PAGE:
The Complete Works in Philosophy, Politics and Morals of the late Dr. Benjamin Franklin, Vol. 2 [of 3]

By Benjamin Franklin

Page 79

in your opinion, that the rising of the
tides in rivers is not owing to the immediate influence of the moon
on the rivers. It is rather a subsequent effect of the influence
of the moon on the sea, and does not make its appearance in some
rivers till the moon has long passed by. I have not expressed myself
clearly if you have understood me to mean otherwise. You know I
have mentioned it as a fact, that there are in some rivers several
tides all existing at the same time; that is, two, three, or more,
high-waters, and as many low-waters, in different parts of the same
river, which cannot possibly be all effects of the moon's immediate
action on that river; but they may be subsequent effects of her
action on the sea.

In the enclosed paper you will find my sentiments on several points
relating to the air, and the evaporation of water. It is Mr.
Collinson's copy, who took it from one I sent through his hands to a
correspondent in France some years since; I have, as he desired me,
corrected the mistakes he made in transcribing, and must return it to
him; but if you think it worth while, you may take a copy of it: I
would have saved you any trouble of that kind, but had not time.

Some day in the next or the following week, I purpose to have the
pleasure of seeing you at Wanstead: I shall accompany your good mamma
thither, and stay till the next morning, if it may be done without
incommoding your family too much.--We may then discourse any points
in that paper that do not seem clear to you; and taking a walk to
lord Tilney's ponds, make a few experiments there to explain the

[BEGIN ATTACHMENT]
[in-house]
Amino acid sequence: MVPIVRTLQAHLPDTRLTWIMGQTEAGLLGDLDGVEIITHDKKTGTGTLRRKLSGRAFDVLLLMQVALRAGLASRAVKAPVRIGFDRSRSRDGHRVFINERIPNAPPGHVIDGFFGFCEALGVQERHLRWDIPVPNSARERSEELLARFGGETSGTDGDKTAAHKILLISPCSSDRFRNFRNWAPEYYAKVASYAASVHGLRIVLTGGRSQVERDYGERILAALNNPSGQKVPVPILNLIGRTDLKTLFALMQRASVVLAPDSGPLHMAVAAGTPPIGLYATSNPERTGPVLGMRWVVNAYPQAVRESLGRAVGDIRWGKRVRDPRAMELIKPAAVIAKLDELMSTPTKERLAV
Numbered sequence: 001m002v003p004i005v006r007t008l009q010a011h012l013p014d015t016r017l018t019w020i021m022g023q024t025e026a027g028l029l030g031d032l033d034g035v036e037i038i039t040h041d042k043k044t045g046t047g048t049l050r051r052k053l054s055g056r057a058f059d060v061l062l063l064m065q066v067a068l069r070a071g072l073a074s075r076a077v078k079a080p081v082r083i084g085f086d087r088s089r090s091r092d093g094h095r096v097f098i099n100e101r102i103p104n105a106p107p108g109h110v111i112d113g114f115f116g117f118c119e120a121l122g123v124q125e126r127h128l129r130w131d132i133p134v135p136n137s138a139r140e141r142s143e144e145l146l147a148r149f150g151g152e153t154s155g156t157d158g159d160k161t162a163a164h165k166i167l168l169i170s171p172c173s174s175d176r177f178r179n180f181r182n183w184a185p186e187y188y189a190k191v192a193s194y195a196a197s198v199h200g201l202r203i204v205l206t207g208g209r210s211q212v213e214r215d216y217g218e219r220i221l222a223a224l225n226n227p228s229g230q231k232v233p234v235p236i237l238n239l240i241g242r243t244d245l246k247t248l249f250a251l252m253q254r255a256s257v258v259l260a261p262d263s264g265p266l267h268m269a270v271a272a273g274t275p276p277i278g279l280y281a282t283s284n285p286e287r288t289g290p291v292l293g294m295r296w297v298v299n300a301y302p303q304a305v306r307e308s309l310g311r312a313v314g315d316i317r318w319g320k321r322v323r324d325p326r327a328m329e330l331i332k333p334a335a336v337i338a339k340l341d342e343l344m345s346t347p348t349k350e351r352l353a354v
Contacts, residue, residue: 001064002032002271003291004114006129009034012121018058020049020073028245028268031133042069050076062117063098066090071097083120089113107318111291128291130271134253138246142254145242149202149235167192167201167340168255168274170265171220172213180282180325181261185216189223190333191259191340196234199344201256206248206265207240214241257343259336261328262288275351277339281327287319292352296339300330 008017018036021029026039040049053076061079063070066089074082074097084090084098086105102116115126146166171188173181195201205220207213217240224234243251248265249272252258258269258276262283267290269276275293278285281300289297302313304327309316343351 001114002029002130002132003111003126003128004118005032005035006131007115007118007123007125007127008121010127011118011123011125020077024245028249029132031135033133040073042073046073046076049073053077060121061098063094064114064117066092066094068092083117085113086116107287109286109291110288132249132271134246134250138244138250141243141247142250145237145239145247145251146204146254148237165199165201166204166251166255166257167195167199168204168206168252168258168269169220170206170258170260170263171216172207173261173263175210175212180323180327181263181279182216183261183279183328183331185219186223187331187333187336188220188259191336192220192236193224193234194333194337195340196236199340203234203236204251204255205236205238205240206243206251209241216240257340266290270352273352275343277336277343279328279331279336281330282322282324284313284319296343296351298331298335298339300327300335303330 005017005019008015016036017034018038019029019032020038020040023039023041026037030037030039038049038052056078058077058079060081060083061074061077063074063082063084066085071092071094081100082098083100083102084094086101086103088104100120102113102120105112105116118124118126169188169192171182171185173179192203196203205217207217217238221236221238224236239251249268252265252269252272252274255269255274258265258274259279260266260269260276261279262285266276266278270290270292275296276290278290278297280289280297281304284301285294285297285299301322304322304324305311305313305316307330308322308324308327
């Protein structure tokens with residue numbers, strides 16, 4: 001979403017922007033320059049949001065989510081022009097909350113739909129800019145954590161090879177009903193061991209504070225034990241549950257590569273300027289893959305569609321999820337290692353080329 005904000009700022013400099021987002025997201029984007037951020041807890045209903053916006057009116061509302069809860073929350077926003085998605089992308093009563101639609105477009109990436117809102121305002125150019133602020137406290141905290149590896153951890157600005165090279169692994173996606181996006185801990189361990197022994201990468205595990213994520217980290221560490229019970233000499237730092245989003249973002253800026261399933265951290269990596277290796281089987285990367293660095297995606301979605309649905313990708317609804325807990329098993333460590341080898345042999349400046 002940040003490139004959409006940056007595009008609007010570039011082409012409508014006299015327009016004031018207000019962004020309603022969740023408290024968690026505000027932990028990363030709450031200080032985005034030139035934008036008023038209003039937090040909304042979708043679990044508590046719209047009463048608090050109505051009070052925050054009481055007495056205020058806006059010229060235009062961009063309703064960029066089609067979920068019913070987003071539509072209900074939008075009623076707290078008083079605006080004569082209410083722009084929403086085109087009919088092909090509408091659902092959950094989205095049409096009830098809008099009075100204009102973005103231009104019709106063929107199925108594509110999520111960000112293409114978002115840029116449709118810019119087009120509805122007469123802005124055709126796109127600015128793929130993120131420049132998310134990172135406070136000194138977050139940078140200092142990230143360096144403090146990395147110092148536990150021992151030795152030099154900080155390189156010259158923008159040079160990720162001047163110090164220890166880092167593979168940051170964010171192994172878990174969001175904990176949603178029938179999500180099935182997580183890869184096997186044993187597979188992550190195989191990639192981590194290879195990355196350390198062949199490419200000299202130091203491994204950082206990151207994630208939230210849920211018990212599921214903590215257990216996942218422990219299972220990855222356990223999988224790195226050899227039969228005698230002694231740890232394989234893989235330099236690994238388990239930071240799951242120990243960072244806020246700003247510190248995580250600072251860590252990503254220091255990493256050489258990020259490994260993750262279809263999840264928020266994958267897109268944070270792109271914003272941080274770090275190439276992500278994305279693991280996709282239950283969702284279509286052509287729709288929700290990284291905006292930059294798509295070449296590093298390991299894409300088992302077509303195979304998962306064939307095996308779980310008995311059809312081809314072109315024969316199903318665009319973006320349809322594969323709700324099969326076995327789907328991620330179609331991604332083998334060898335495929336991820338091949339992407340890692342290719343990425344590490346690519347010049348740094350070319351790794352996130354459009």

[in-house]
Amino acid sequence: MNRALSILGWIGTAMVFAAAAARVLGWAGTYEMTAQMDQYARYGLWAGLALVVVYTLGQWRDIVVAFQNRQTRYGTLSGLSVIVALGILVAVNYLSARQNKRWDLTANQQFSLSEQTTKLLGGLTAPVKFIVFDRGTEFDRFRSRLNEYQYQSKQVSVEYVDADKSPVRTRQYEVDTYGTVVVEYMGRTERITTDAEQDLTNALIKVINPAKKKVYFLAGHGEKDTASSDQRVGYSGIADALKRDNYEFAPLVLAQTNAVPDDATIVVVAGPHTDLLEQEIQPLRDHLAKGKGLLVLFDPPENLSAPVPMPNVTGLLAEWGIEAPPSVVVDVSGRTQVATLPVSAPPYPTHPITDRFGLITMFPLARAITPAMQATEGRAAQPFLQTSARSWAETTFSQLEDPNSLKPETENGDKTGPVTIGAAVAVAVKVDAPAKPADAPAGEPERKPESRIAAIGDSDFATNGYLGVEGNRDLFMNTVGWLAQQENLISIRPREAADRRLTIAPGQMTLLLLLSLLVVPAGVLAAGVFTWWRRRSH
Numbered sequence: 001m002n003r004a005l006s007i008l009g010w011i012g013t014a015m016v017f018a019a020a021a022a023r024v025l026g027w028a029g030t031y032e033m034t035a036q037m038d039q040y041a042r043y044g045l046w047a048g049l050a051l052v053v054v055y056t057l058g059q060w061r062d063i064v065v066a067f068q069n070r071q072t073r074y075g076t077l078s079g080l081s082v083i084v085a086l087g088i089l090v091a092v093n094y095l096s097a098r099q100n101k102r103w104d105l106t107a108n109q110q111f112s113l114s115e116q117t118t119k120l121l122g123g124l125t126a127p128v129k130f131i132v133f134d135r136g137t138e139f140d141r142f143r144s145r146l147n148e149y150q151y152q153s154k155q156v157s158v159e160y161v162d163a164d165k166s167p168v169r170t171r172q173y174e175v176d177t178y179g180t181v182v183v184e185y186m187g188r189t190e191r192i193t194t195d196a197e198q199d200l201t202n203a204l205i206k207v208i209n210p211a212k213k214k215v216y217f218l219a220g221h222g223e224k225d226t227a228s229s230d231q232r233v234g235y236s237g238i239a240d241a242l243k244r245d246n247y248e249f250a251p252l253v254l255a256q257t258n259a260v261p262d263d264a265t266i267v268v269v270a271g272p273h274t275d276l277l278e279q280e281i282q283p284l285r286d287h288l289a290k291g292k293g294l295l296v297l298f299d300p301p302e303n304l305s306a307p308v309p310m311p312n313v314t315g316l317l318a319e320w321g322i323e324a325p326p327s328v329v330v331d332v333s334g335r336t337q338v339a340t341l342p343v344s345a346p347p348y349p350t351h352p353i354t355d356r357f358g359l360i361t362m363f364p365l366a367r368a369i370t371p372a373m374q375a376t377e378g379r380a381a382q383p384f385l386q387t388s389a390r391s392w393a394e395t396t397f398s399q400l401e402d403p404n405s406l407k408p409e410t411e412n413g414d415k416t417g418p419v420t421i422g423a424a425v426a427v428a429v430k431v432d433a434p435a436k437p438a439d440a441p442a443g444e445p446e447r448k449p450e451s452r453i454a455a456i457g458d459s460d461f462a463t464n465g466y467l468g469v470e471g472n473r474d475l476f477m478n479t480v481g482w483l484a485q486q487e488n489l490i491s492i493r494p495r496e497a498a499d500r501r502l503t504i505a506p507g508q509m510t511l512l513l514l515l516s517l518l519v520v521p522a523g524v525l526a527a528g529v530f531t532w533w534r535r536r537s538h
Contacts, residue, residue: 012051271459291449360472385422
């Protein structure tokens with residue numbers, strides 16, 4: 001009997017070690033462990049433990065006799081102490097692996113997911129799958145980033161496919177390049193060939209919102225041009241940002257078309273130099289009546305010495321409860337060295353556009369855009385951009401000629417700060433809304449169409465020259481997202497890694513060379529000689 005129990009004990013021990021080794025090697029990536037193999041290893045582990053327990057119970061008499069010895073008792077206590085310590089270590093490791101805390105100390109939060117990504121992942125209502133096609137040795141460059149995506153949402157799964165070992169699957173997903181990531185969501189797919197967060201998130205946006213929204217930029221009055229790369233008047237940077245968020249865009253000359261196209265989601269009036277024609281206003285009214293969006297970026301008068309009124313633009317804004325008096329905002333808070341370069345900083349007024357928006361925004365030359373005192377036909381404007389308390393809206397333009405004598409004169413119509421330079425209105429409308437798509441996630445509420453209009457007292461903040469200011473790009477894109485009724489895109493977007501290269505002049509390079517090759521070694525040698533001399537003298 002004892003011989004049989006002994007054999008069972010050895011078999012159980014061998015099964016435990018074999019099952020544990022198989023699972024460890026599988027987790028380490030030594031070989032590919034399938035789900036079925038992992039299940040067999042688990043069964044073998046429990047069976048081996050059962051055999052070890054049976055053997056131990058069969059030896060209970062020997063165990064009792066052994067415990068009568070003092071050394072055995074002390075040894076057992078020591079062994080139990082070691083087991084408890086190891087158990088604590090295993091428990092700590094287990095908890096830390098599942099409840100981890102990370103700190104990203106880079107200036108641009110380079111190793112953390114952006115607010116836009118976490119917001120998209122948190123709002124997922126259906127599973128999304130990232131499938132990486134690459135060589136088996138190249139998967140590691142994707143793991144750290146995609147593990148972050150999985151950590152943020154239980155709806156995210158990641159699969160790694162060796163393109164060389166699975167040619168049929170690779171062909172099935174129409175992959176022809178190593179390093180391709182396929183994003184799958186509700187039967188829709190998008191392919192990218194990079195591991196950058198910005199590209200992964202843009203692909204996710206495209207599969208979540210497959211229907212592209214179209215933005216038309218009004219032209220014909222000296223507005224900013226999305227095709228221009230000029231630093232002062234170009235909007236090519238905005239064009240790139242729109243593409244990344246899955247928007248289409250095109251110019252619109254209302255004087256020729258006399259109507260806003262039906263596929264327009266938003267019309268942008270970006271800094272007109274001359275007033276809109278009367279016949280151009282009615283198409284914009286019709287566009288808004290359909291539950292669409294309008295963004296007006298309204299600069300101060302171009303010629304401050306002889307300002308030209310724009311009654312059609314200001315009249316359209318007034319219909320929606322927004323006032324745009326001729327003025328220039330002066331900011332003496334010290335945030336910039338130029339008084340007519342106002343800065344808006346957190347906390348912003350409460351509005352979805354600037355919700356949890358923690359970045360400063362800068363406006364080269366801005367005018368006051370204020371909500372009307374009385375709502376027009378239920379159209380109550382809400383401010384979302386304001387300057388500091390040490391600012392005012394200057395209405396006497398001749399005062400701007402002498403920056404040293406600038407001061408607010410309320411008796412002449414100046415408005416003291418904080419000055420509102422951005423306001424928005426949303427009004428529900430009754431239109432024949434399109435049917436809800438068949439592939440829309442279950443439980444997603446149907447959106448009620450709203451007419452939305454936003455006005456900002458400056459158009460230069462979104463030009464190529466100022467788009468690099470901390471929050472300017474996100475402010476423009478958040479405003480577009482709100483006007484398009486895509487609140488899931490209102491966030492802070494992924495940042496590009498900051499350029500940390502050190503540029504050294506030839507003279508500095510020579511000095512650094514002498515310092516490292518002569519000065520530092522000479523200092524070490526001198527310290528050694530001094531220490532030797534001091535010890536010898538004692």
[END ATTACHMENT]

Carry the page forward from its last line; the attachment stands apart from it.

nature of the tides more fully. In the mean time, believe me to be,
with the highest esteem and regard, your sincerely affectionate



_Salt-Water rendered fresh by Distillation.--Method of relieving
Thirst by Sea-Water._

_Craven-street, August 10, 1761._

We are to set out this week for Holland, where we may possibly spend
a month, but purpose to be at home again before the coronation. I
could not go without taking leave of you by a line at least, when I
am so many letters in your debt.

In yours of May 19, which I have before me, you speak of the ease
with which salt water may be made fresh by distillation, supposing it
to be, as I had said, that in evaporation the

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Text Comparison with Experiments and Observations on Electricity Made at Philadelphia in America

Page 3
So wonderfully are these two states of Electricity, the _plus_ and _minus_, combined and balanced in this miraculous bottle! situated and related to each other in a manner that I can by no means comprehend! If it were possible that a bottle should in one part contain a quantity of air strongly comprest, and in another part a perfect vacuum, we know the equilibrium would be instantly restored _within_.
Page 4
Place a man on a cake of wax, and present him the wire of the electrified phial to touch, you standing on the floor, and holding it.